I am learning string theory, as I understand, gravitons exist as modes in string excitations, and also other particles. It gave me this picture: a lot of strings fulling in the spacetime, excitations on strings are particles. But QFT gave me another picture that quantum fields exist in spacetime, excitations of these fields are particles, particles can be created from vacuum and annhilated. So, if I consider a finite number of strings flying in spacetime, how come it could describe a picture as quantum fields describes since spacetime regions that strings didn't sweep over are completely vacuum. Do we need string field theory to cover QFT?

Another question is about classical gravity. Given the picture I had about string theory, how explicitly the classical limit of this picture could come out as a total geometry as gravitions pass the interaction of gravity while classical gravity theory is pure geometrical?

  • $\begingroup$ Possible duplicates for the ST$\to$ GR reduction: physics.stackexchange.com/q/1073/2451 and links therein. $\endgroup$ – Qmechanic Sep 10 '14 at 16:20
  • $\begingroup$ I checked the link. It roughly described the question I posted here, but only half of my question. My question mainly focuses on two aspects: String to geometrical description of GR, String to QFT. The most-recommended answer in the link is not answering my question, and I think it's better to bring this question to public again since that one hasn't been answer for years. I also got one answer in my question, for me it is better than the answer in the link. And also, the second part of my question are waiting for an answer too. $\endgroup$ – Peng Liu Sep 11 '14 at 12:16

Classical fields emerge when there is a large (but not definite) number of particles in a coherent state. For a simple example, for a scalar field $\phi(x)$ we can write a state that describes a classical configuration as something like $$ \exp\left(\int d^D p\; \tilde\phi(p) a^\dagger_p\right)|0\rangle. $$ Note that this isn't an eigenstate of particle number, but a superposition of states with all particle numbers. (This is what I meant by an indefinite number of particles.)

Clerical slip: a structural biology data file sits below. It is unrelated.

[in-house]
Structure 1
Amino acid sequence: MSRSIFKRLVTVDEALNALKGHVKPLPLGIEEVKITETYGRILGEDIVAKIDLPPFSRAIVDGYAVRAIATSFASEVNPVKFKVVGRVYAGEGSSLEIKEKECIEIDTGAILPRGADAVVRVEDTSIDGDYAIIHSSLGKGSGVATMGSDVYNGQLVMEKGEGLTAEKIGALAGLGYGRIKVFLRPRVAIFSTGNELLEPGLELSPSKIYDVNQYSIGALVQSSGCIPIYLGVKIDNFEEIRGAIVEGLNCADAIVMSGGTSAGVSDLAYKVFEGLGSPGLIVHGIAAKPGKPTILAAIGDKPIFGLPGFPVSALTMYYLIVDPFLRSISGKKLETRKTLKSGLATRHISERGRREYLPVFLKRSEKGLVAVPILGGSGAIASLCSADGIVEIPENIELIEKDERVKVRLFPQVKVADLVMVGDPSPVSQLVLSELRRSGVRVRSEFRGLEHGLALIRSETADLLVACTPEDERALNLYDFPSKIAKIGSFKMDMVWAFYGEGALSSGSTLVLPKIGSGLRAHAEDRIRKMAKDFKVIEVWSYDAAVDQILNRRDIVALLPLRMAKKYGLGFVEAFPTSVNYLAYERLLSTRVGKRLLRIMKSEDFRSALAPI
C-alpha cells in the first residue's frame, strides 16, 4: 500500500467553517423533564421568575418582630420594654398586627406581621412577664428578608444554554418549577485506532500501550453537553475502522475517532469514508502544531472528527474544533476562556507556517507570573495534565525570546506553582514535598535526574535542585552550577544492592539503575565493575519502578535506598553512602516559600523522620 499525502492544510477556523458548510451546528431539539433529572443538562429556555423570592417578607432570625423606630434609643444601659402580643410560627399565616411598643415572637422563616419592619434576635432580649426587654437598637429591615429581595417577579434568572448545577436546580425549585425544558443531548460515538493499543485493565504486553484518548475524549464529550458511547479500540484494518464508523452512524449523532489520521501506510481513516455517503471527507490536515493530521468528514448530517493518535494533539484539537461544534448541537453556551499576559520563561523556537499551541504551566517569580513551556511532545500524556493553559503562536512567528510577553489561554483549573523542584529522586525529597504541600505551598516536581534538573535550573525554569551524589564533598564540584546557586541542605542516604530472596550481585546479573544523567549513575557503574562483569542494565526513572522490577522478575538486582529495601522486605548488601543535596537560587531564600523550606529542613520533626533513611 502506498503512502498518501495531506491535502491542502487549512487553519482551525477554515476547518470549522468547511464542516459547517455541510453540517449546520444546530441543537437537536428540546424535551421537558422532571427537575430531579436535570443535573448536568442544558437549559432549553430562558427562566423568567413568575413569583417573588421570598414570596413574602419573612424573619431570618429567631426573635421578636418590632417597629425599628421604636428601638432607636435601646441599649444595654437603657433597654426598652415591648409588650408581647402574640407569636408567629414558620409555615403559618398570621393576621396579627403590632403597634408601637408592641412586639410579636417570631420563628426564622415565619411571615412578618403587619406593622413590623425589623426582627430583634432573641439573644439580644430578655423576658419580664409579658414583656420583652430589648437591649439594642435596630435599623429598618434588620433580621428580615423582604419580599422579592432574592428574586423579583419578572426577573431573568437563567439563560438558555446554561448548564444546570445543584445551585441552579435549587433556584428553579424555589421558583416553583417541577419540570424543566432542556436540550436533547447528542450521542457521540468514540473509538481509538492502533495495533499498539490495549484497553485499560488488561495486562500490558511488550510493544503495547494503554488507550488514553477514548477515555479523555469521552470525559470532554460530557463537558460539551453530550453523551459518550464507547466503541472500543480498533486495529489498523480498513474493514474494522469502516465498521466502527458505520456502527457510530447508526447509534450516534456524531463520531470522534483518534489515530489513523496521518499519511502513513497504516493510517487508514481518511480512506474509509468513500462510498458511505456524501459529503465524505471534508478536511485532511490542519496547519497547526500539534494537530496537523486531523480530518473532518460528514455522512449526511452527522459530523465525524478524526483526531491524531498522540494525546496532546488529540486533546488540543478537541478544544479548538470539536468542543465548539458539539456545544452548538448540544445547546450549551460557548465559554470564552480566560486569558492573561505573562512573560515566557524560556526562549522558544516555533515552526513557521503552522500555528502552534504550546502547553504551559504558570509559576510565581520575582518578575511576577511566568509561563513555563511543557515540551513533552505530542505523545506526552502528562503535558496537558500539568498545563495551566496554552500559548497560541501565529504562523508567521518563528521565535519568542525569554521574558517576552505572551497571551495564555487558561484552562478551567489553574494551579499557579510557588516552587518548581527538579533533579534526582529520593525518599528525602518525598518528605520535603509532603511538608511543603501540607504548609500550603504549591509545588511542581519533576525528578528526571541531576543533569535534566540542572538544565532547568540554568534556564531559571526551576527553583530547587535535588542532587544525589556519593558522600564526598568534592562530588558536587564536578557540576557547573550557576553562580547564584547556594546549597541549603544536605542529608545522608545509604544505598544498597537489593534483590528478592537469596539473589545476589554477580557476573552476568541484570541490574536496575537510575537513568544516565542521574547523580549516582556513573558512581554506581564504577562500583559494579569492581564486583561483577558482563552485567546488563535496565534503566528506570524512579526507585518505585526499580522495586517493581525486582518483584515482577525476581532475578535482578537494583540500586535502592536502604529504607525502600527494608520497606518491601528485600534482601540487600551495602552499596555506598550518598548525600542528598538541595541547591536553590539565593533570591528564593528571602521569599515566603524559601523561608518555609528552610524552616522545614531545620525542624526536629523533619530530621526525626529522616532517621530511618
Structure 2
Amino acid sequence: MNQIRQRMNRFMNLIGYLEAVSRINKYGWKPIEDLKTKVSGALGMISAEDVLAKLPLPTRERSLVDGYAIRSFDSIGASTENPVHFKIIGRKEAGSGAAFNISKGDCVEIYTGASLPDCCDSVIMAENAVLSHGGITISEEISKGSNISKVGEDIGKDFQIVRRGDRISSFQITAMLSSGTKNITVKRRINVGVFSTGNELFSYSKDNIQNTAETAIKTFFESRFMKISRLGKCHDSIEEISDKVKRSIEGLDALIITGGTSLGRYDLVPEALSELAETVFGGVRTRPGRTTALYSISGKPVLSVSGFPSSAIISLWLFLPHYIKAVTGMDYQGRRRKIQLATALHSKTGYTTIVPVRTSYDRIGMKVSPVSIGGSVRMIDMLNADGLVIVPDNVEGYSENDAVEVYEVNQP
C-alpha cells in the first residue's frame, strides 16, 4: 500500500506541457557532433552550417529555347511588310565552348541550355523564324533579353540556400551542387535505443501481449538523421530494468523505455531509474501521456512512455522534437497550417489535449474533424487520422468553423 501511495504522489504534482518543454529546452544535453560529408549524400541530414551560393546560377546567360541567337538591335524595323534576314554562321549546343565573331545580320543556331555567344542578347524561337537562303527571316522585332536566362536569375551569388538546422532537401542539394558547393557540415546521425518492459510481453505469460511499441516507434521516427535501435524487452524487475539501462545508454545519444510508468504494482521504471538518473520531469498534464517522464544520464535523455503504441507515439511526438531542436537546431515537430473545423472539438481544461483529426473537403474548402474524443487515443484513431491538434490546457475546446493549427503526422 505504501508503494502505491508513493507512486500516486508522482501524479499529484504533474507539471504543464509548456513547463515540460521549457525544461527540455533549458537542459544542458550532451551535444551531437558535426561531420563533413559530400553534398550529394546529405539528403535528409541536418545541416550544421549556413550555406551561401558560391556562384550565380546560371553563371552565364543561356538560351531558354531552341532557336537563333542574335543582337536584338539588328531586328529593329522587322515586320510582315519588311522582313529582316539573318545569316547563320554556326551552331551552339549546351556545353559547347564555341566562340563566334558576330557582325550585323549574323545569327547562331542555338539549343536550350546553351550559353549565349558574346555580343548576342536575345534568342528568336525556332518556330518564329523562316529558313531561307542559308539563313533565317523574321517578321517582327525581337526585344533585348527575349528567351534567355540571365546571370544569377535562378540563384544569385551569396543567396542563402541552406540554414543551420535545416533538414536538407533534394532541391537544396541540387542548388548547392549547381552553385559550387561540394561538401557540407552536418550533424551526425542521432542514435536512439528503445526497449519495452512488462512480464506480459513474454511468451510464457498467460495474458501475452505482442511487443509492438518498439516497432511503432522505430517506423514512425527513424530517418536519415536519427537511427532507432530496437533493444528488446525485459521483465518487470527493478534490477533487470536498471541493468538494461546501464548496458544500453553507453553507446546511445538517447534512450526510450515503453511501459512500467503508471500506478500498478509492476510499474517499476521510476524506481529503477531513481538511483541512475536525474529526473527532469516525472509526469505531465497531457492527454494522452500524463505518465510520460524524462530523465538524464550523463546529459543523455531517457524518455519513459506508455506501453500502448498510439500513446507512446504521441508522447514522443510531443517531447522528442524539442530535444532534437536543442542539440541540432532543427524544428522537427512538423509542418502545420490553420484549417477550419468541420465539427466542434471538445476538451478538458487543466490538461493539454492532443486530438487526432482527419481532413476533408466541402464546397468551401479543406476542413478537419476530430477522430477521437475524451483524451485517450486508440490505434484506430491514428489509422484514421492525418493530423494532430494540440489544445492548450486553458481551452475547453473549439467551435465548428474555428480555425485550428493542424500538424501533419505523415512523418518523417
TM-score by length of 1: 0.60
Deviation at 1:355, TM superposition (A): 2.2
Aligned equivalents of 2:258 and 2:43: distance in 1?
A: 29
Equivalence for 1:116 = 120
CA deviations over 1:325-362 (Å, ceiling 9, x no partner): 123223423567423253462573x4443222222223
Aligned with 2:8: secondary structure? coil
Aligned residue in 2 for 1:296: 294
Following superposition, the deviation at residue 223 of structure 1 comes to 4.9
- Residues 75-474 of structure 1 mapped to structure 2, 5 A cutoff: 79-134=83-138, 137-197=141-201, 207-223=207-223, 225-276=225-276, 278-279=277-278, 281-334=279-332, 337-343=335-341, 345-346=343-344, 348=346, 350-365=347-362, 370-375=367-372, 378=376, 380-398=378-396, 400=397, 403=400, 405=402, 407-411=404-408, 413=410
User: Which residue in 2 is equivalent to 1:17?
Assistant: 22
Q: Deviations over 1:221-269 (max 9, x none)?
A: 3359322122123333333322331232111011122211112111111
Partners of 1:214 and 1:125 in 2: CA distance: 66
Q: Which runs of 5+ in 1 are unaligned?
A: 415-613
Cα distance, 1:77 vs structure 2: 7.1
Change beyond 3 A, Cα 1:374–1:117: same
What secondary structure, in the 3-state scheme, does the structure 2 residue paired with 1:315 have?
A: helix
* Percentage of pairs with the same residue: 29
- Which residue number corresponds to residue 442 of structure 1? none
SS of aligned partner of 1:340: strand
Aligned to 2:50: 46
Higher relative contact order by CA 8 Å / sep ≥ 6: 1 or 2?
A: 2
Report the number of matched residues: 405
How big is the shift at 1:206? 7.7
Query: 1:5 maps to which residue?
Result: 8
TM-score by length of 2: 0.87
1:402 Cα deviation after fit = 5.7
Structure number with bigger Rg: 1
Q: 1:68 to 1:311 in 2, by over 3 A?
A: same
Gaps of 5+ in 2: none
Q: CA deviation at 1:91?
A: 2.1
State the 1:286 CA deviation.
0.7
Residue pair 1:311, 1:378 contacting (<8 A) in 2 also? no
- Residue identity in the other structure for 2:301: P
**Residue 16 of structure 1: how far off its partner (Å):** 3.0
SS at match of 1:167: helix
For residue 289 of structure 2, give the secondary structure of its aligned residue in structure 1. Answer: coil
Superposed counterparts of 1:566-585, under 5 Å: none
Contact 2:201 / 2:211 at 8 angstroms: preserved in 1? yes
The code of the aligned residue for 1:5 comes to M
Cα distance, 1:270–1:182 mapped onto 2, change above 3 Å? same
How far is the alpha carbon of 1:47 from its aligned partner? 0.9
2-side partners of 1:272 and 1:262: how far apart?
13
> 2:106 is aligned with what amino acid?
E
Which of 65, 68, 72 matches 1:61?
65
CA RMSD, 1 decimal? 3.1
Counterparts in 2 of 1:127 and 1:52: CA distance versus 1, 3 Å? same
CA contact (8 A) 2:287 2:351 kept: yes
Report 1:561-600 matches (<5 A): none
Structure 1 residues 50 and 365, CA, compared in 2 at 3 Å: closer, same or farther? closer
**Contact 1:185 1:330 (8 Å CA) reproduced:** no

For string theory, this appears rather nicely when we write a path integral for a string moving on a background $G_{\mu\nu}$, with action $$ S=-\frac{1}{2l_s^2}\int d^2\sigma \sqrt{-\gamma}\gamma^{ab}\partial_a X^\mu \partial_b X^\nu G_{\mu\nu}. $$ If we write $G_{\mu\nu}=\eta_{\mu\nu}+h_{\mu\nu}$, then $e^{-S}$ in the path integral looks just like the flat space oath integral with an exponential of graviton vertex operators inserted. In other words, the curved spacetime background path integral is the same as doing the path integral in a coherent state of gravitons.

To emphasise, there need not be any definite number of gravitons, nor need the gravitons be localised in space. But in any curved region, there will be some nonzero probability of finding gravitons there.

From this point of view, the dynamics of the field come from a rather odd place: the field equations are requirements for the consistency of the world-sheet theory. (An alternative way is to compute scattering amplitudes of gravitons and match the results to a low-energy effective field theory).

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  • $\begingroup$ Thanks! To sum up, your opinion is that classical gravity theory should emerge from the low-energy effective field theory. Am I getting your point? Another question about QFT, in string theory the world-sheet theory shall give rise to certain gauge symmetries that also appeared in QFT, I cannot see why this property makes string theory more fundamental than QFT. I don't know why these symmetries in world-sheet could go to symmetries of quantum fields in spacetime. $\endgroup$ – Peng Liu Sep 11 '14 at 2:19

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